Each galaxy lives within its own three-dimensional halo of dark matter whose gravitational field corrals the stars within it. Without the stars, the halo would still be there, albeit invisible to our eyes; but if the halo vanished, the stars would scatter into the depths of the universe – just as a Christmas tree remains a tree with or without the pretty lights. Whereas without the tree, the lights would merely be a puddle of colour on the snowy ground.
Imagine living in a world where walking and biking was as safe – by Commander Hadfield's measure – as flying in space.
This is the week the Nobel Prizes are announced, and today is the day (at least in New Zealand; first place in the world to see the light, as the tourist people say) the Physics prize is announced. And this year the odds-on favourite will be LIGO and the discovery of gravitational waves.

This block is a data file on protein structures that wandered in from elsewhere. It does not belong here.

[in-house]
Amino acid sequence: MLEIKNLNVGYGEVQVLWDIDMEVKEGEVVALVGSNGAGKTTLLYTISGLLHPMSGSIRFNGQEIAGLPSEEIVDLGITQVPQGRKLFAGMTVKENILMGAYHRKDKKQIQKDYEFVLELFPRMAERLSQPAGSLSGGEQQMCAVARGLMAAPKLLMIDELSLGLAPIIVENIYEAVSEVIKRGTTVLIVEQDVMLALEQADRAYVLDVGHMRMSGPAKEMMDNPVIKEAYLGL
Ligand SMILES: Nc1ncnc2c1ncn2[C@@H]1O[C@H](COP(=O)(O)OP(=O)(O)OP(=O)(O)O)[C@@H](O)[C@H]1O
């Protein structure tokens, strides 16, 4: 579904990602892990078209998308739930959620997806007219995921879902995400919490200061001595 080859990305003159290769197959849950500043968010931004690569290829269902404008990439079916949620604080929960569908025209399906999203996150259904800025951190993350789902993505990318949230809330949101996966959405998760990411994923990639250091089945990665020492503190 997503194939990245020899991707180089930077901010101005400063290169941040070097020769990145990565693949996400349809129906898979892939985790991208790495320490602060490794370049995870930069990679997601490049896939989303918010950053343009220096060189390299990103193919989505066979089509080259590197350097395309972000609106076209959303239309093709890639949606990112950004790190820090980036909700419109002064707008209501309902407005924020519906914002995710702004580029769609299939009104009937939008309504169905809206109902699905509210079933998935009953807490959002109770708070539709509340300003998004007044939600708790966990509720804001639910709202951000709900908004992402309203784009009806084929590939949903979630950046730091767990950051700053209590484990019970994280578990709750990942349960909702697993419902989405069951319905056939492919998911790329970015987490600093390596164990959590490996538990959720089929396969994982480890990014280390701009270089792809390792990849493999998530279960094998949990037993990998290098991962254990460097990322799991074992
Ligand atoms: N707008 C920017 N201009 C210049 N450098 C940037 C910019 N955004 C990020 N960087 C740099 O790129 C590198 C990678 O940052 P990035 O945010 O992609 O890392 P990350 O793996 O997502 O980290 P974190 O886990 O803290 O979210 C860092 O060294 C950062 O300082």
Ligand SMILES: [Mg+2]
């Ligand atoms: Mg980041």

NASA has an undoubted ability to sell a story, and it has been making the most of the anthropomorphic appeal of this brave little $3 billion, 5 ton, plutonium-powered spacecraft on its two-decade mission. But the hype is not misplaced: Saturn has a key place in the evolving human understanding of the cosmos.
As you can guess from the title, The First Three Minutes tells the story of the moments following the Big Bang. The early universe sets the stage for the development of the cosmos we observe today, and the Cosmic Microwave Background is a key link between the distant past and the present day.